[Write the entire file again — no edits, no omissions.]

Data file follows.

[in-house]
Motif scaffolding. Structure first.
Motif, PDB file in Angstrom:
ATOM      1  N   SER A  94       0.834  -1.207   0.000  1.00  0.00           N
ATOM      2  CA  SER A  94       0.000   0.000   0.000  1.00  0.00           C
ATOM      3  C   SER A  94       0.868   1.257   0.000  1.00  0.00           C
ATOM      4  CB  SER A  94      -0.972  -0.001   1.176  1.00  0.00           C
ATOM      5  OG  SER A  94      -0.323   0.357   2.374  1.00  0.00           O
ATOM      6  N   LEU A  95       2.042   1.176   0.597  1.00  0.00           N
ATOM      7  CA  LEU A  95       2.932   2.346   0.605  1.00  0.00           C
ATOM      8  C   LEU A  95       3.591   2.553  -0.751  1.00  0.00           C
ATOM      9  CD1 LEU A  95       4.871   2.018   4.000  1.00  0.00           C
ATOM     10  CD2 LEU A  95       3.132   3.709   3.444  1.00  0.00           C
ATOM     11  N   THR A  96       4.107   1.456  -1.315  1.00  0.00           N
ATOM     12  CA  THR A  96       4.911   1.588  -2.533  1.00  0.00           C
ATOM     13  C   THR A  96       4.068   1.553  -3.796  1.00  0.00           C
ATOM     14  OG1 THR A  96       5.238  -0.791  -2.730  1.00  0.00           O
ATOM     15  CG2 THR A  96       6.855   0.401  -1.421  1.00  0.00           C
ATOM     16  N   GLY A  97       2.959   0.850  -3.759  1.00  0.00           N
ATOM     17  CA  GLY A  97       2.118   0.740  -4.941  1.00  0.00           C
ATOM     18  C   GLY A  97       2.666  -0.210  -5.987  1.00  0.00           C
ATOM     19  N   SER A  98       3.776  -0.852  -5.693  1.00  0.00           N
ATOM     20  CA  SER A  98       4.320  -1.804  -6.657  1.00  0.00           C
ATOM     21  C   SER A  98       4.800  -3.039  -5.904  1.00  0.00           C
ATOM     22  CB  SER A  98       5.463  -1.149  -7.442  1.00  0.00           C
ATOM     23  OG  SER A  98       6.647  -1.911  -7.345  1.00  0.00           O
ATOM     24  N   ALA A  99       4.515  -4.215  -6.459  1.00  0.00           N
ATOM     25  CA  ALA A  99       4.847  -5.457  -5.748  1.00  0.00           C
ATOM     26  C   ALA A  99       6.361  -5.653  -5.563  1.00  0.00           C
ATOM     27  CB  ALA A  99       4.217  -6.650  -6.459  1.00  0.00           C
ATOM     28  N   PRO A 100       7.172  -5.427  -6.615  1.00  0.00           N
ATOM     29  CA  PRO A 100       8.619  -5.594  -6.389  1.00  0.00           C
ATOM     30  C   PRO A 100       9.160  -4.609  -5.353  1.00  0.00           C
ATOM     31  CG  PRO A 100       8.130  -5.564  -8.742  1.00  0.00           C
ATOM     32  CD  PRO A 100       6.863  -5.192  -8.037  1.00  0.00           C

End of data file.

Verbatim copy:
[in-house]
Motif scaffolding. Structure first.
Motif, PDB file in Angstrom:
ATOM      1  N   SER A  94       0.834  -1.207   0.000  1.00  0.00           N
ATOM      2  CA  SER A  94       0.000   0.000   0.000  1.00  0.00           C
ATOM      3  C   SER A  94       0.868   1.257   0.000  1.00  0.00           C
ATOM      4  CB  SER A  94      -0.972  -0.001   1.176  1.00  0.00           C
ATOM      5  OG  SER A  94      -0.323   0.357   2.374  1.00  0.00           O
ATOM      6  N   LEU A  95       2.042   1.176   0.597  1.00  0.00           N
ATOM      7  CA  LEU A  95       2.932   2.346   0.605  1.00  0.00           C
ATOM      8  C   LEU A  95       3.591   2.553  -0.751  1.00  0.00           C
ATOM      9  CD1 LEU A  95       4.871   2.018   4.000  1.00  0.00           C
ATOM     10  CD2 LEU A  95       3.132   3.709   3.444  1.00  0.00           C
ATOM     11  N   THR A  96       4.107   1.456  -1.315  1.00  0.00           N
ATOM     12  CA  THR A  96       4.911   1.588  -2.533  1.00  0.00           C
ATOM     13  C   THR A  96       4.068   1.553  -3.796  1.00  0.00           C
ATOM     14  OG1 THR A  96       5.238  -0.791  -2.730  1.00  0.00           O
ATOM     15  CG2 THR A  96       6.855   0.401  -1.421  1.00  0.00           C
ATOM     16  N   GLY A  97       2.959   0.850  -3.759  1.00  0.00           N
ATOM     17  CA  GLY A  97       2.118   0.740  -4.941  1.00  0.00           C
ATOM     18  C   GLY A  97       2.666  -0.210  -5.987  1.00  0.00           C
ATOM     19  N   SER A  98       3.776  -0.852  -5.693  1.00  0.00           N
ATOM     20  CA  SER A  98       4.320  -1.804  -6.657  1.00  0.00           C
ATOM     21  C   SER A  98       4.800  -3.039  -5.904  1.00  0.00           C
ATOM     22  CB  SER A  98       5.463  -1.149  -7.442  1.00  0.00           C
ATOM     23  OG  SER A  98       6.647  -1.911  -7.345  1.00  0.00           O
ATOM     24  N   ALA A  99       4.515  -4.215  -6.459  1.00  0.00           N
ATOM     25  CA  ALA A  99       4.847  -5.457  -5.748  1.00  0.00           C
ATOM     26  C   ALA A  99       6.361  -5.653  -5.563  1.00  0.00           C
ATOM     27  CB  ALA A  99       4.217  -6.650  -6.459  1.00  0.00           C
ATOM     28  N   PRO A 100       7.172  -5.427  -6.615  1.00  0.00           N
ATOM     29  CA  PRO A 100       8.619  -5.594  -6.389  1.00  0.00           C
ATOM     30  C   PRO A 100       9.160  -4.609  -5.353  1.00  0.00           C
ATOM     31  CG  PRO A 100       8.130  -5.564  -8.742  1.00  0.00           C
ATOM     32  CD  PRO A 100       6.863  -5.192  -8.037  1.00  0.00           C